A drag on the EU digital single market vision

Such regulatory uncertainty resulted in major US websites going dark in Europe as they scrambled to comply with the GDPR, and US small businesses (including tech start-ups, video game makers and ad-tech businesses) pulling out of the EU rather than risk a very costly compliance breach. Many small European businesses also decided to shut down their websites given the complexity and cost of implementing the GDPR. It also resulted in Google taking a strict consent-based approach, cutting 25 to 40 per cent of online ad market demand overnight. So much for “bringing down barriers to unlock online opportunities”, the official motto of the European Commission’s Digital Single Market strategy… More importantly, the difficult debates in the first months of 2018 regarding the applicability of legitimate interest pushed a lot of publishers towards a consent-based approach, at the very last minute. The result? A consent click-through marathon for confused European citizens dealing with all shapes and forms of consent management interfaces as they were trying to access their favourite online content. Transparency alone doesn’t result in trust: only 17 per cent of German citizens believe their data is now better protected than it was before.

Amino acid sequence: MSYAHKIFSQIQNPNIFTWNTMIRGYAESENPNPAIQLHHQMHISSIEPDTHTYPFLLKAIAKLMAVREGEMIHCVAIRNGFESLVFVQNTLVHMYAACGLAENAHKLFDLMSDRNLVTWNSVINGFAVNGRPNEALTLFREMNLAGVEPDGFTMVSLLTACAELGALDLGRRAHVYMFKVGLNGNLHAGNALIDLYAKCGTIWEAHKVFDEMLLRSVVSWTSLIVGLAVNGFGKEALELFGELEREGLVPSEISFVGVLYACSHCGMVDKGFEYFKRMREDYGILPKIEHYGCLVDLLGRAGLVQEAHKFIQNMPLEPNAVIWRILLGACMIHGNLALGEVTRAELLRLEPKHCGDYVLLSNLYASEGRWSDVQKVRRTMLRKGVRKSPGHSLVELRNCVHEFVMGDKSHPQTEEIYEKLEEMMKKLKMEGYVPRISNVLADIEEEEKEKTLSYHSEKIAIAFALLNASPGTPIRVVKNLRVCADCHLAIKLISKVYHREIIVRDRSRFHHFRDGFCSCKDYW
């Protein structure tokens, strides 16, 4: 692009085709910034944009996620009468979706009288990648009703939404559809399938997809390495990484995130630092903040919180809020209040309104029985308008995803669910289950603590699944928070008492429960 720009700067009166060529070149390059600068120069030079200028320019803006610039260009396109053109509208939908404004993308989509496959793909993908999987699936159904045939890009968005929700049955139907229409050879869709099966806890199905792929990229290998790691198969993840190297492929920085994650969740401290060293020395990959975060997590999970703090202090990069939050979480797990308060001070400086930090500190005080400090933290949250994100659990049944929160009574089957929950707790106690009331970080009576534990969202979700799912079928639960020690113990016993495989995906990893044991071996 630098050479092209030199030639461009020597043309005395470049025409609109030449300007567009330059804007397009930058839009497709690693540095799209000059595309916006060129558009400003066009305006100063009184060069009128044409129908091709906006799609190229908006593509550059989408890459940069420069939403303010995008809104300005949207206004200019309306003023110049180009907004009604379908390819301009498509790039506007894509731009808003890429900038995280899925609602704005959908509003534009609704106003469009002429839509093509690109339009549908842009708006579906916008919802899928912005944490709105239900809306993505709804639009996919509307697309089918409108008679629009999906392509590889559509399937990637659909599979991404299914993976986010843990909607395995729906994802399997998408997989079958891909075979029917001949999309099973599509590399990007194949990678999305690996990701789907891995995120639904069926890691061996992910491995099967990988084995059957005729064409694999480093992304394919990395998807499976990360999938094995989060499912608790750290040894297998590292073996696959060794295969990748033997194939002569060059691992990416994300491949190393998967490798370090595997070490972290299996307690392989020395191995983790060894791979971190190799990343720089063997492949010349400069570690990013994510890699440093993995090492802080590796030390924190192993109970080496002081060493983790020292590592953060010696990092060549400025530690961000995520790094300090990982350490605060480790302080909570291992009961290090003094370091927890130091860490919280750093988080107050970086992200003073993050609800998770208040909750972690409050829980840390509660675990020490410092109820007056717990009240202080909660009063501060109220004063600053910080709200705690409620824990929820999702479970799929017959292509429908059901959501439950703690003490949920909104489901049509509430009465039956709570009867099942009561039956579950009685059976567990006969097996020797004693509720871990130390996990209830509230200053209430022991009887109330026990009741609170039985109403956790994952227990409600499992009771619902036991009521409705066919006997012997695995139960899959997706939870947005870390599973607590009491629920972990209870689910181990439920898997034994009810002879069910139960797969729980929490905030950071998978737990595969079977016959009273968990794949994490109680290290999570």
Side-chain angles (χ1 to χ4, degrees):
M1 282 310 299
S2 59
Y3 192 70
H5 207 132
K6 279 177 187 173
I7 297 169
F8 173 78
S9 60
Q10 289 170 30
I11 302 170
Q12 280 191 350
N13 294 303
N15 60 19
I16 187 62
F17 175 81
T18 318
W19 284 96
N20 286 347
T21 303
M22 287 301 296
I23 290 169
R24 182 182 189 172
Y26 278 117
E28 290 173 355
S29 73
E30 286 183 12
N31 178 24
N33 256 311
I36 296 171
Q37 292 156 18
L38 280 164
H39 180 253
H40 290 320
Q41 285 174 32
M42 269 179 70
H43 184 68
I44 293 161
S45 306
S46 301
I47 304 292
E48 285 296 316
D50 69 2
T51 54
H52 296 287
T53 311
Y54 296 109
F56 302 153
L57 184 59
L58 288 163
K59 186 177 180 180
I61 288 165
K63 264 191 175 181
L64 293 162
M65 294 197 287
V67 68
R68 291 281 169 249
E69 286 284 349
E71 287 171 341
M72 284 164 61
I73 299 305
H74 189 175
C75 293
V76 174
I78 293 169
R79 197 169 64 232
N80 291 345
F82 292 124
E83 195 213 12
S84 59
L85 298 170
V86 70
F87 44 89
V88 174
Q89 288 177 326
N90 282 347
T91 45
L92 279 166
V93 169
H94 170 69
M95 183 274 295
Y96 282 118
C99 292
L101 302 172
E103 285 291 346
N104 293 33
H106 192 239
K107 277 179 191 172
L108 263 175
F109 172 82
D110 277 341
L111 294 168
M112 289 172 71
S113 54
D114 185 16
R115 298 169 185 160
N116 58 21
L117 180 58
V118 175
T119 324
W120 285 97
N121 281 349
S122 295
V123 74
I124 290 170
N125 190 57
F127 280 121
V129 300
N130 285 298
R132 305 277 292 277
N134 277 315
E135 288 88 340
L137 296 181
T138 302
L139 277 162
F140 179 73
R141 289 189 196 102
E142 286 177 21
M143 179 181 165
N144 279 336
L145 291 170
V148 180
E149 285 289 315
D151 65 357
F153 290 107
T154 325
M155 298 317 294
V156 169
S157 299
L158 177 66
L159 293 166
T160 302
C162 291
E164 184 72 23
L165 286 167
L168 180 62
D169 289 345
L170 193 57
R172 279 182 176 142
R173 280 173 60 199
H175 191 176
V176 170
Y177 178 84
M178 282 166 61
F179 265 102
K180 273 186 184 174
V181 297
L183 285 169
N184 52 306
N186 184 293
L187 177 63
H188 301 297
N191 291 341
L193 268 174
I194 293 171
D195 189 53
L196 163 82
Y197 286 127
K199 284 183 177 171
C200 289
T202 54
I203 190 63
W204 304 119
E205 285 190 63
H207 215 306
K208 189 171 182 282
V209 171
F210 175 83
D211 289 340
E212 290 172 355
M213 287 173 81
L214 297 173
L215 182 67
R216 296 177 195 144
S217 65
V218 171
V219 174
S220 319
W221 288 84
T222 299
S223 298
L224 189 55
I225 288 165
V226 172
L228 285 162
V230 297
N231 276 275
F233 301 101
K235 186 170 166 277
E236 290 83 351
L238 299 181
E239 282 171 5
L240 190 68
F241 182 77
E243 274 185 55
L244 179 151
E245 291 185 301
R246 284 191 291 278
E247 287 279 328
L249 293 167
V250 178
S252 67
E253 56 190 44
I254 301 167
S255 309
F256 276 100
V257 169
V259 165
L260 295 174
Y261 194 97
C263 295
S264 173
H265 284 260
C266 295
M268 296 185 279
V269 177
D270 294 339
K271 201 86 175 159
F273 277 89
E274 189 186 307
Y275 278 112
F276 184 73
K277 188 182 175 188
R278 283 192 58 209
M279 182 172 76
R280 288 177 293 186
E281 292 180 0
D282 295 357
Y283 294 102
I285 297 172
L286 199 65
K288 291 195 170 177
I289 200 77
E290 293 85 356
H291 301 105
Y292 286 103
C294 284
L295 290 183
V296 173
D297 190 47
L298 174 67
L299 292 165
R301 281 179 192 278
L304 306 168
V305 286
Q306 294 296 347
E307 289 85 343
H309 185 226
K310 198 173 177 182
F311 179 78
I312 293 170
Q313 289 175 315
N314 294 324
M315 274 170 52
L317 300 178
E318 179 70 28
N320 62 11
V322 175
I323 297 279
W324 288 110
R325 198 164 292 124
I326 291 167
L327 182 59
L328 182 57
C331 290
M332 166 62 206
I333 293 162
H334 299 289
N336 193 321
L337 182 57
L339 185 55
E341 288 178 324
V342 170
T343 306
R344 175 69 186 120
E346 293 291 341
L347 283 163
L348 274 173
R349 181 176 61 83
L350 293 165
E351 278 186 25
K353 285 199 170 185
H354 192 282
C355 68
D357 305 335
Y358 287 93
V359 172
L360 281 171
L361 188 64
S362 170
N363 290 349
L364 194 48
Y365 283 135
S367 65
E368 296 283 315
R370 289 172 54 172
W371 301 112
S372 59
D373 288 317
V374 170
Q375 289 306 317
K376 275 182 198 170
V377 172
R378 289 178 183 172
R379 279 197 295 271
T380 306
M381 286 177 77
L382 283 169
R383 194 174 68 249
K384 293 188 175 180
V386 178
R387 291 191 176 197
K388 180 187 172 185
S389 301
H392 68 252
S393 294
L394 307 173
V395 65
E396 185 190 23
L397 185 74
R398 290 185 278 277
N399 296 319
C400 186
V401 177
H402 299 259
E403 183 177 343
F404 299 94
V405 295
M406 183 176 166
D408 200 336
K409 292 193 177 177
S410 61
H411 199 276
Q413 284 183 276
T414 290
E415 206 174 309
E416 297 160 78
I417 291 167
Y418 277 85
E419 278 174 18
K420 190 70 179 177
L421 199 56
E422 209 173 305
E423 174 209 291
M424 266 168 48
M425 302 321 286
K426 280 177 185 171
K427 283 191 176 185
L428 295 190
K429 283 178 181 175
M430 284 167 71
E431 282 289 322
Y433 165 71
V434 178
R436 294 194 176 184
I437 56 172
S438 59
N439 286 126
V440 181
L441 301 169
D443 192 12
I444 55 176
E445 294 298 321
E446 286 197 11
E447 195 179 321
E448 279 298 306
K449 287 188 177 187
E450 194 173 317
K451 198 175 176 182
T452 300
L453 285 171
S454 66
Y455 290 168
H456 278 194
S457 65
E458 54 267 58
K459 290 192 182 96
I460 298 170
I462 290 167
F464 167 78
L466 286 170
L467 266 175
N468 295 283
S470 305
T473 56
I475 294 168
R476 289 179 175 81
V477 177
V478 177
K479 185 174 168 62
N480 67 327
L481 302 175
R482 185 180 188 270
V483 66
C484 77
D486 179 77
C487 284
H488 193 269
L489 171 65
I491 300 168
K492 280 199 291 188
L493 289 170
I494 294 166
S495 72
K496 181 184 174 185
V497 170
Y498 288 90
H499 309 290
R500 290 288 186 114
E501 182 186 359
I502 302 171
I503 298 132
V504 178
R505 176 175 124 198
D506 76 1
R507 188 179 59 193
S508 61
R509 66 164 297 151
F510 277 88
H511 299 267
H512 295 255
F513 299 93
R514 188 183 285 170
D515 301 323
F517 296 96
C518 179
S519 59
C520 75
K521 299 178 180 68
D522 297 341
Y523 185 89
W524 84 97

Embracing the uncertainty